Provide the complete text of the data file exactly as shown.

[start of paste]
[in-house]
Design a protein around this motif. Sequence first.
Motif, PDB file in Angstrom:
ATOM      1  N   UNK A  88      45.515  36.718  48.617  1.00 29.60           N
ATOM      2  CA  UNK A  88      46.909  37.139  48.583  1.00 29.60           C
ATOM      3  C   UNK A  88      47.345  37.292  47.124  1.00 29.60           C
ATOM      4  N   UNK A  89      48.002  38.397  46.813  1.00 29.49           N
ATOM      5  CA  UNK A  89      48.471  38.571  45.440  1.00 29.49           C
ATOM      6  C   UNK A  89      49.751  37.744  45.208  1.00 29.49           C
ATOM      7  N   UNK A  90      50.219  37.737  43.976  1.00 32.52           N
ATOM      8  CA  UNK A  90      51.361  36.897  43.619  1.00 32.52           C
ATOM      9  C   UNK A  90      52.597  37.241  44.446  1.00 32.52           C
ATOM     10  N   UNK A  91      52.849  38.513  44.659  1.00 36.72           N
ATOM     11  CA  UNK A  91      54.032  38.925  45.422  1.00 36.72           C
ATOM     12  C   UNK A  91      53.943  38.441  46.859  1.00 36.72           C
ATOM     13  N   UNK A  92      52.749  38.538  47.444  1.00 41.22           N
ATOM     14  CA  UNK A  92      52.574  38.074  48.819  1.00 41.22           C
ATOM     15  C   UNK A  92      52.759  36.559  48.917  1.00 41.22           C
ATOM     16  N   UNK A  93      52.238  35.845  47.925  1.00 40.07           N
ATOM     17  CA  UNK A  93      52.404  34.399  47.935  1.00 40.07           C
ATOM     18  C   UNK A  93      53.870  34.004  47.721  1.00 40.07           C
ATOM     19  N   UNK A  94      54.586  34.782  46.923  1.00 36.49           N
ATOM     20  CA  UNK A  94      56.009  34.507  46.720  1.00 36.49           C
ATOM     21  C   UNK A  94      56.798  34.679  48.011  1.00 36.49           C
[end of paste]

[in-house]
Design a protein around this motif. Sequence first.
Motif, PDB file in Angstrom:
ATOM      1  N   UNK A  88      45.515  36.718  48.617  1.00 29.60           N
ATOM      2  CA  UNK A  88      46.909  37.139  48.583  1.00 29.60           C
ATOM      3  C   UNK A  88      47.345  37.292  47.124  1.00 29.60           C
ATOM      4  N   UNK A  89      48.002  38.397  46.813  1.00 29.49           N
ATOM      5  CA  UNK A  89      48.471  38.571  45.440  1.00 29.49           C
ATOM      6  C   UNK A  89      49.751  37.744  45.208  1.00 29.49           C
ATOM      7  N   UNK A  90      50.219  37.737  43.976  1.00 32.52           N
ATOM      8  CA  UNK A  90      51.361  36.897  43.619  1.00 32.52           C
ATOM      9  C   UNK A  90      52.597  37.241  44.446  1.00 32.52           C
ATOM     10  N   UNK A  91      52.849  38.513  44.659  1.00 36.72           N
ATOM     11  CA  UNK A  91      54.032  38.925  45.422  1.00 36.72           C
ATOM     12  C   UNK A  91      53.943  38.441  46.859  1.00 36.72           C
ATOM     13  N   UNK A  92      52.749  38.538  47.444  1.00 41.22           N
ATOM     14  CA  UNK A  92      52.574  38.074  48.819  1.00 41.22           C
ATOM     15  C   UNK A  92      52.759  36.559  48.917  1.00 41.22           C
ATOM     16  N   UNK A  93      52.238  35.845  47.925  1.00 40.07           N
ATOM     17  CA  UNK A  93      52.404  34.399  47.935  1.00 40.07           C
ATOM     18  C   UNK A  93      53.870  34.004  47.721  1.00 40.07           C
ATOM     19  N   UNK A  94      54.586  34.782  46.923  1.00 36.49           N
ATOM     20  CA  UNK A  94      56.009  34.507  46.720  1.00 36.49           C
ATOM     21  C   UNK A  94      56.798  34.679  48.011  1.00 36.49           C